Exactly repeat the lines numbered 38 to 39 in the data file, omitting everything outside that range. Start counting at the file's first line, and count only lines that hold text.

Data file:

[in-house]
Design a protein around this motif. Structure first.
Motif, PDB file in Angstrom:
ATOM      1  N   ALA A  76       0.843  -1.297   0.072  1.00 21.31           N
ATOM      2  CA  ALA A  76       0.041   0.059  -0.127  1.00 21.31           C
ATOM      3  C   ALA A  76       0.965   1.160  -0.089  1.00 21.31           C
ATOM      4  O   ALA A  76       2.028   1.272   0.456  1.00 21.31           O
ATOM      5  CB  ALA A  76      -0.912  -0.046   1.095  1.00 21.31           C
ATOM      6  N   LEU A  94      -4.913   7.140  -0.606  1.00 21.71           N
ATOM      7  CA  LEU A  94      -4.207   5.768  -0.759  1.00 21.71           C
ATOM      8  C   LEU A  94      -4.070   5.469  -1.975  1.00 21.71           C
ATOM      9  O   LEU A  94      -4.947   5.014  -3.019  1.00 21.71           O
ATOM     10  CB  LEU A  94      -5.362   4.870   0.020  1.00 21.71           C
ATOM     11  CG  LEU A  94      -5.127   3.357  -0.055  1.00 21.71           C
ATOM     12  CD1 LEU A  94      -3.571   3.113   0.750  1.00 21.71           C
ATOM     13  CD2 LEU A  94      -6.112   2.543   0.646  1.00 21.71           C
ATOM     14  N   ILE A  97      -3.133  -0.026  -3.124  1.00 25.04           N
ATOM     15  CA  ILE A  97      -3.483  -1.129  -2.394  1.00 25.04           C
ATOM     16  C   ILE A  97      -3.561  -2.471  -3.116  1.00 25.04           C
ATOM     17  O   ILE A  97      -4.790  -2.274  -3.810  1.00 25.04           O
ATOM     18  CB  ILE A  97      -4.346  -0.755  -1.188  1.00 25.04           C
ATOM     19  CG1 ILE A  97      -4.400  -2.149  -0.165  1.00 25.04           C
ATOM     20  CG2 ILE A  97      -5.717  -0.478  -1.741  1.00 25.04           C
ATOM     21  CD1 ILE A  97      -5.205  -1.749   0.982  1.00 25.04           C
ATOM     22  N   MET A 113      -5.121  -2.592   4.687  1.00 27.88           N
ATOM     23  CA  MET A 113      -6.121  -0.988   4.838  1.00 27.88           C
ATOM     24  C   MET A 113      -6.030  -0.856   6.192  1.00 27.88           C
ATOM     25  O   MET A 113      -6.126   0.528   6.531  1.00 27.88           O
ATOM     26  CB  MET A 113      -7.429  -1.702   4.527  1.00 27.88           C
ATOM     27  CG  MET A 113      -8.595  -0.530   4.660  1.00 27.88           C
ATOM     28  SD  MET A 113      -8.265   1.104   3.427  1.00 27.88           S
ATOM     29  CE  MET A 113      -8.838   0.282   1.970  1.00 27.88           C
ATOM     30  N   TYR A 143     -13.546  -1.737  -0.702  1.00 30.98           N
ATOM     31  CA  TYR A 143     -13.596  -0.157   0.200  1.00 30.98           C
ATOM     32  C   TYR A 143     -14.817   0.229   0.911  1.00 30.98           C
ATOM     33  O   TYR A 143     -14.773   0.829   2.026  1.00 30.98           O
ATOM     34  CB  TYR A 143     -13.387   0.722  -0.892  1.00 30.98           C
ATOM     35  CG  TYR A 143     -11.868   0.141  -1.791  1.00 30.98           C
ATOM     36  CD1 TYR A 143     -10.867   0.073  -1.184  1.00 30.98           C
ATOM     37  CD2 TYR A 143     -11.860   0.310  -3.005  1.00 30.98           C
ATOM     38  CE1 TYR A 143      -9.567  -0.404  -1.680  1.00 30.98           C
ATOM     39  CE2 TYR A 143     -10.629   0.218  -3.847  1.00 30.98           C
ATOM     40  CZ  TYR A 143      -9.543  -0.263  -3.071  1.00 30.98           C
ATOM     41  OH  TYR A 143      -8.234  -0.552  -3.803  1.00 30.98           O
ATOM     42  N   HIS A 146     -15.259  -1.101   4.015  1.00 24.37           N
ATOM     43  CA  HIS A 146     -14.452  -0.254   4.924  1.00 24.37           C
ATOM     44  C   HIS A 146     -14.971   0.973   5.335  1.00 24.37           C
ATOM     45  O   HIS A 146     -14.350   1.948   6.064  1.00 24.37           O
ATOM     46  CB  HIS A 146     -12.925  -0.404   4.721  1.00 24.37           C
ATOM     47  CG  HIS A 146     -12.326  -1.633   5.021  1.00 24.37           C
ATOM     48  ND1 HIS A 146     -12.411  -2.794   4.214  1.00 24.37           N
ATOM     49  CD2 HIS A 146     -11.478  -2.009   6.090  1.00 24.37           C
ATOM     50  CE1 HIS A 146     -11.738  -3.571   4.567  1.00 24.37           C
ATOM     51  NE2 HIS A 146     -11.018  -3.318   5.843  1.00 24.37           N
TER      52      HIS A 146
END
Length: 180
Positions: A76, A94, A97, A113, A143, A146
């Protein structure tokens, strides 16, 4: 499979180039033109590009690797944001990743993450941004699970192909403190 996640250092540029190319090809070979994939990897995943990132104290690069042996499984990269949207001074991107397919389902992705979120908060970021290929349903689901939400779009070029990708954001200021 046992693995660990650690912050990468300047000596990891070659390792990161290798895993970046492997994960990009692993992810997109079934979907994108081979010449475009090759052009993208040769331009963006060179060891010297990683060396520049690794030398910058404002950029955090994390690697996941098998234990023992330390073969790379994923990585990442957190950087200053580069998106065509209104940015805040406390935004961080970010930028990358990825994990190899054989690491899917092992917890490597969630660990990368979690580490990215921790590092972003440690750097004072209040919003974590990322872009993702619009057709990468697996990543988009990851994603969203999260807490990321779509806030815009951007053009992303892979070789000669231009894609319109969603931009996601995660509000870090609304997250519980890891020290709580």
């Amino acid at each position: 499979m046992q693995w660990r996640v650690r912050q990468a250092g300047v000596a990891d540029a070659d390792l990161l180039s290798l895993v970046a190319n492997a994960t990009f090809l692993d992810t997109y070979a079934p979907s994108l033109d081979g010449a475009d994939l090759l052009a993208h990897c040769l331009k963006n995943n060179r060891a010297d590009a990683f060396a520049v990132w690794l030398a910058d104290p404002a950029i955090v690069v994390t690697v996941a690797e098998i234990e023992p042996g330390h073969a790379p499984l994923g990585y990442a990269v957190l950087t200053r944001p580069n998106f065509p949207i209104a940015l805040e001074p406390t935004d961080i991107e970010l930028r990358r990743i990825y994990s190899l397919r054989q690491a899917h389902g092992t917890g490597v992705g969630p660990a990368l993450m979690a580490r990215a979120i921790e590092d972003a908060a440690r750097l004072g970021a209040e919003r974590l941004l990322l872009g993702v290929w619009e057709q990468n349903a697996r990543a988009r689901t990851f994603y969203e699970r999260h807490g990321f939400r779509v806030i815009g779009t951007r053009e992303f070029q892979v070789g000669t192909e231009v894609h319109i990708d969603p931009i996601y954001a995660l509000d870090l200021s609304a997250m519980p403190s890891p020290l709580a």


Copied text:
ATOM     35  CG  TYR A 143     -11.868   0.141  -1.791  1.00 30.98           C
ATOM     36  CD1 TYR A 143     -10.867   0.073  -1.184  1.00 30.98           C